One of the forgotten names of the American car business is DeSoto. First launched by Chrysler in 1928, DeSoto was an all-new brand that would compete with Buick and Studebaker in the mid-market segment.
Due to their affordable price, DeSotos were popular right from the start. The 1929 models set a first-year sales record that stood for 31 years! DeSoto hit the peak of their popularity in 1956, when they had grown to become the 11th largest US automaker.
One of the cars that propelled DeSoto up the sales charts was this 1955 DeSoto Fireflite. It caught my eye on a recent visit to the Martin Auto Museum in Phoenix.
Although DeSotos had done well in the past, Chrysler had some big changes in store for 1955. As a result, all Chryslers (and all DeSotos) debuted that year with a brand new look. They put designer Virgil Exner in charge of the new look for DeSoto, which he called the “Forward Look.” Exner loved fins and was eager to incorporate them wherever he could. Consequently, this ’55 has some very long, tapered fins at the rear.
In 1955, DeSoto stopped offering the PowerMaster 6-cylinder engine when it was discovered that the FireDome V8 with its hemispherical combustion chambers outsold it nearly 2 to 1. This car features the 325 cubic inch FireDome engine which makes a respectable 200 horsepower with a 4-barrel carburetor. It is coupled to a PowerFlite fully automatic transmission.
With this configuration, the car could do 0 to 60 in 11 seconds and had a top speed of 110 mph! With seating for six, it was the perfect vehicle for post-war American families.
Customers responded positively to the new look and the FireFlite was a hit! DeSoto sold over 110,000 cars in 1956, most of them FireFlites. For the first and only time in its history, a DeSoto was used as the pace car at the Indianapolis 500 in 1956.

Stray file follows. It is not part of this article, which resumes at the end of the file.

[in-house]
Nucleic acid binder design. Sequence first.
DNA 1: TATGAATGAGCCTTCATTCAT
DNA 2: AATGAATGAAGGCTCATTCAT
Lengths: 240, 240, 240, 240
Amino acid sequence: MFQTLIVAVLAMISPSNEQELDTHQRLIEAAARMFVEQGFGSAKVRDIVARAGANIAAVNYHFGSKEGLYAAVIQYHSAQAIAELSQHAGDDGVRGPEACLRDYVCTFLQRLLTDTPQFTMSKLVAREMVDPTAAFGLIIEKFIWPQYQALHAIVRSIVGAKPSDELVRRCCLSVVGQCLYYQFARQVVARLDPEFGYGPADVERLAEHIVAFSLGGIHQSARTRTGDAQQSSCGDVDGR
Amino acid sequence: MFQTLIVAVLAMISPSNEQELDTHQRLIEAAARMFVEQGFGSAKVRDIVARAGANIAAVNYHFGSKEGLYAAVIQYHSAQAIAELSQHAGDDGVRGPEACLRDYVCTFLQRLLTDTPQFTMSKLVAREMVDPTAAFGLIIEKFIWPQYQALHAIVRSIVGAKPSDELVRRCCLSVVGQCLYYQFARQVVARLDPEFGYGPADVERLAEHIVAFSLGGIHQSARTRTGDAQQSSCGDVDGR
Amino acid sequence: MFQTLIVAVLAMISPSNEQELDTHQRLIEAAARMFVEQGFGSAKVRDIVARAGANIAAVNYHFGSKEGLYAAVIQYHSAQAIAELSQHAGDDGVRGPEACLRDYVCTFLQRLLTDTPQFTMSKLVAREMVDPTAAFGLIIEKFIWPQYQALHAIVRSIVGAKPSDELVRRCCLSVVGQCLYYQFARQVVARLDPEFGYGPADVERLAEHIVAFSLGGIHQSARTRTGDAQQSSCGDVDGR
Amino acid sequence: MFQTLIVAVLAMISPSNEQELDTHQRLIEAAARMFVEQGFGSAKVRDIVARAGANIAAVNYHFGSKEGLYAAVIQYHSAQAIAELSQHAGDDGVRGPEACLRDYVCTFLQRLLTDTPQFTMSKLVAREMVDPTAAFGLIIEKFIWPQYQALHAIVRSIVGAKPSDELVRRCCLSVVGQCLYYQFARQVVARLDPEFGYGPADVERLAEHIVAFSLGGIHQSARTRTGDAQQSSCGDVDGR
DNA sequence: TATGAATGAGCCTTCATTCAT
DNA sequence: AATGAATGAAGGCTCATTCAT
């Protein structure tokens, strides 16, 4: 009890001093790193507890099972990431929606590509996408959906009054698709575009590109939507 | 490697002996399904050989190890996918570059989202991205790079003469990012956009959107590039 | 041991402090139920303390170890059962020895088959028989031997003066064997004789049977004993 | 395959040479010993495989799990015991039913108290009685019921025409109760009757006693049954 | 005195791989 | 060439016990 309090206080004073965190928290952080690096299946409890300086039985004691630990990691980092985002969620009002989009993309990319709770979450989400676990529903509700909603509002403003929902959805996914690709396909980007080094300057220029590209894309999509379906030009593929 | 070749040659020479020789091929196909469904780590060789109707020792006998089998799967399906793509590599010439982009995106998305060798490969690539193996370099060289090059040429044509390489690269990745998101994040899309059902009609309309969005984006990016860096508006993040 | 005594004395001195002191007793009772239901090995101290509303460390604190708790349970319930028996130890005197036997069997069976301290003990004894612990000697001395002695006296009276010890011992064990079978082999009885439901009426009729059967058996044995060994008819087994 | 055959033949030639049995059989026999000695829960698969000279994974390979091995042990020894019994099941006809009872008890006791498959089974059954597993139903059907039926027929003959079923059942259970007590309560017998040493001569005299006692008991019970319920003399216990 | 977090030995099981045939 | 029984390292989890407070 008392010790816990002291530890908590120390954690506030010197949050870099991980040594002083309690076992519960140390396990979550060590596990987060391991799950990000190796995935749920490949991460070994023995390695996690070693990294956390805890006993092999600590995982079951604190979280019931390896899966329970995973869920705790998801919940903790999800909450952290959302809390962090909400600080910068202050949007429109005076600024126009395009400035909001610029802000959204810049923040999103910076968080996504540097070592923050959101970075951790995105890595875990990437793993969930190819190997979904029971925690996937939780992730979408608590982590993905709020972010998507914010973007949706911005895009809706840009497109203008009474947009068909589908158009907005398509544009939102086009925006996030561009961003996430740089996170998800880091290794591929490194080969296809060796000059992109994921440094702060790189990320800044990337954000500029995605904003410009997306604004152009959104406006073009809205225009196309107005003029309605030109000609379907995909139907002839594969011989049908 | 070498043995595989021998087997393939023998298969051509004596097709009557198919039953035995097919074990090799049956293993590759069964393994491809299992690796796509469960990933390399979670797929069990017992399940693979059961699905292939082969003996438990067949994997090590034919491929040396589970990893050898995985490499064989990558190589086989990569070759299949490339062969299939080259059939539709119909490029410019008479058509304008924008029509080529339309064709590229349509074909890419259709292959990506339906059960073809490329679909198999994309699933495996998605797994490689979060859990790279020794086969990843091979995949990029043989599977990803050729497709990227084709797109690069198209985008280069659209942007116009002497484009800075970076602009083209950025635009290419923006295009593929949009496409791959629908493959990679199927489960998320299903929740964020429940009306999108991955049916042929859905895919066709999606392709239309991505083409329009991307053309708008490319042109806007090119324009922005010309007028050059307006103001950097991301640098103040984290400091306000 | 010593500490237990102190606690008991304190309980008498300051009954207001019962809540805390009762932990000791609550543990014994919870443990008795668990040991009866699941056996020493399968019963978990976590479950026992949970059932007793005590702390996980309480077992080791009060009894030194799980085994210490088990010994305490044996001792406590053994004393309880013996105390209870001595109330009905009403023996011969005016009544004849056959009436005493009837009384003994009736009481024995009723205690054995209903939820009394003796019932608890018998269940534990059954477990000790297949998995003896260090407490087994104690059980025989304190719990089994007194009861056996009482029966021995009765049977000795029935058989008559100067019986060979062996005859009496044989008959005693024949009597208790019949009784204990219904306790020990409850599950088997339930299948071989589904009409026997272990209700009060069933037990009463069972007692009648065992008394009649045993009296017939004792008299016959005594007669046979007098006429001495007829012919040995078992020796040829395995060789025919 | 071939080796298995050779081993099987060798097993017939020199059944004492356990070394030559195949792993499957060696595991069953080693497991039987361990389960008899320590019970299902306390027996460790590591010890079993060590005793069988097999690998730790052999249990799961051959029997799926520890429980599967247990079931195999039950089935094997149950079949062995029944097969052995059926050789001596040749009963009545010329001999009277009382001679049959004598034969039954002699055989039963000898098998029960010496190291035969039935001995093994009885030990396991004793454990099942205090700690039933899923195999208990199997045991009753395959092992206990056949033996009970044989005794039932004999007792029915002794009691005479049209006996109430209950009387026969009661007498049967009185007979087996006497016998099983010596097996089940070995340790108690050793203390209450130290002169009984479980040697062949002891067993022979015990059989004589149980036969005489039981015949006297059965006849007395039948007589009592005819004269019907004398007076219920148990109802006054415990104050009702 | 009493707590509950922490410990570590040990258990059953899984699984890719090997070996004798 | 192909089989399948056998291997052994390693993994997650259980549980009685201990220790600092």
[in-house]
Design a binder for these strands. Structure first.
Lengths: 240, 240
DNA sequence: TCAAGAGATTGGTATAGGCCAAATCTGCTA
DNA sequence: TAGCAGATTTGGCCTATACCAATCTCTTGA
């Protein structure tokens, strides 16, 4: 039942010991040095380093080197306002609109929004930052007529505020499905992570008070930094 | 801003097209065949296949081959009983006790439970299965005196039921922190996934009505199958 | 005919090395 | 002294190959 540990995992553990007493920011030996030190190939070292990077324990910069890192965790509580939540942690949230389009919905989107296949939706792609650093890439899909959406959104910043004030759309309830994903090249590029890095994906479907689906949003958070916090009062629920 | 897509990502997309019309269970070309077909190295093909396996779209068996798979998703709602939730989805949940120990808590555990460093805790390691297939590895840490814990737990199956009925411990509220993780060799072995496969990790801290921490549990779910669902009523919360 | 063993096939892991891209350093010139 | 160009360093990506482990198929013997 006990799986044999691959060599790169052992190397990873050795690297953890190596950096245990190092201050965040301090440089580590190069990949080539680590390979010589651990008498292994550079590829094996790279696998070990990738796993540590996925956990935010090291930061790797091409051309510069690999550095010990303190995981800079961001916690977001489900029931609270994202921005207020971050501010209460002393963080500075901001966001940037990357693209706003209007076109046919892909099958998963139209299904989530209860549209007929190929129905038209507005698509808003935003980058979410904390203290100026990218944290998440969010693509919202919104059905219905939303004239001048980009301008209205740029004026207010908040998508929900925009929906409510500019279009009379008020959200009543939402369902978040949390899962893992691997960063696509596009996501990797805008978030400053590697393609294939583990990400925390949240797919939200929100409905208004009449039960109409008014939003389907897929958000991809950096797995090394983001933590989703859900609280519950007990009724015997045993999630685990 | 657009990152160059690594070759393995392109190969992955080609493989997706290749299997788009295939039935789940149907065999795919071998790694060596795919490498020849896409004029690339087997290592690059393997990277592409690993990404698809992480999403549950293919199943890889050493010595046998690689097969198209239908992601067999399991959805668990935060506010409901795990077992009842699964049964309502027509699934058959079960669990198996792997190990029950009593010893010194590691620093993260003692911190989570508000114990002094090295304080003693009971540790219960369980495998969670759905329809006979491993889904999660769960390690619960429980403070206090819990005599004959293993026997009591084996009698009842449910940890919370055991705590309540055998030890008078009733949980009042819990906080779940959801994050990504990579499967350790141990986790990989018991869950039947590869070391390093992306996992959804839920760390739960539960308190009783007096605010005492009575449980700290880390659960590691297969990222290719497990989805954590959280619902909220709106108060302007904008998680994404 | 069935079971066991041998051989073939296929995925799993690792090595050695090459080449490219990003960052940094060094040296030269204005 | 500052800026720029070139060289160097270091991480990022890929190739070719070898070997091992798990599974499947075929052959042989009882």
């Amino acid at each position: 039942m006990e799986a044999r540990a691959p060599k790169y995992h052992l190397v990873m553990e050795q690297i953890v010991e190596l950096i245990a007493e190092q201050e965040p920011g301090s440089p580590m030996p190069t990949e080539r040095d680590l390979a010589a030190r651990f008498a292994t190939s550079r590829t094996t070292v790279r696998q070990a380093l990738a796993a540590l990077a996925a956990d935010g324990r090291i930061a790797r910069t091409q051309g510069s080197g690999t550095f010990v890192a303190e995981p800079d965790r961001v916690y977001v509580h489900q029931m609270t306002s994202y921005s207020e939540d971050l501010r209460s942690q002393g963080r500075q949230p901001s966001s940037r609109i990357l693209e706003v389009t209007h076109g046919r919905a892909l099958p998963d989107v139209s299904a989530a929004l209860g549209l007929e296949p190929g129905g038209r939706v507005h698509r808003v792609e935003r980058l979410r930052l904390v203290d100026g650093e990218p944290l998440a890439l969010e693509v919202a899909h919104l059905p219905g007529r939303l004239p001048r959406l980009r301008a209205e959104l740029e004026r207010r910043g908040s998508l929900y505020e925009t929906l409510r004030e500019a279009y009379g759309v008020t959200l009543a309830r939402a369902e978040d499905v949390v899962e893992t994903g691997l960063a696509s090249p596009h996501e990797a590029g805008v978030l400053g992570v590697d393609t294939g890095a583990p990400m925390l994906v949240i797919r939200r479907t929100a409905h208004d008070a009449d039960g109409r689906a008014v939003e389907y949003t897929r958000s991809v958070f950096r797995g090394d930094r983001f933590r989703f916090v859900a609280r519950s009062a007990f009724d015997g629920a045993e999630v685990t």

Everything seemed to be going well for DeSoto. So what happened to them? Like many car companies, DeSoto watched their sales get taken away by the competition. But I’m not talking about Ford and GM here, I’m talking about competition from within Chrysler itself.
You see by the mid-1950s, Chrysler was actually five different brands: Chrysler, Plymouth, Dodge, DeSoto, and Imperial. DeSoto was the mid-market brand and it ended up losing sales to the other divisions as they moved up-market or down-market. DeSoto sales plunged 60% in 1958 and continued downward in 1959. With so much overlap within the Chrysler family, there really wasn’t a reason for DeSoto to exist anymore. Chrysler discontinued the DeSoto name in November 1960.
I think this is a shame because the FireFlite is a really cool looking car. Although they are considered a design fad today, this car and its rounded fins were the height of automotive design when it came out. It was among the first Chryslers to feature the legendary HEMI engine and I think it pulls off the two-tone look better than a lot of other cars from the era.
Imagine how different the automotive world would be if it were Plymouth or Dodge that got the axe instead of DeSoto!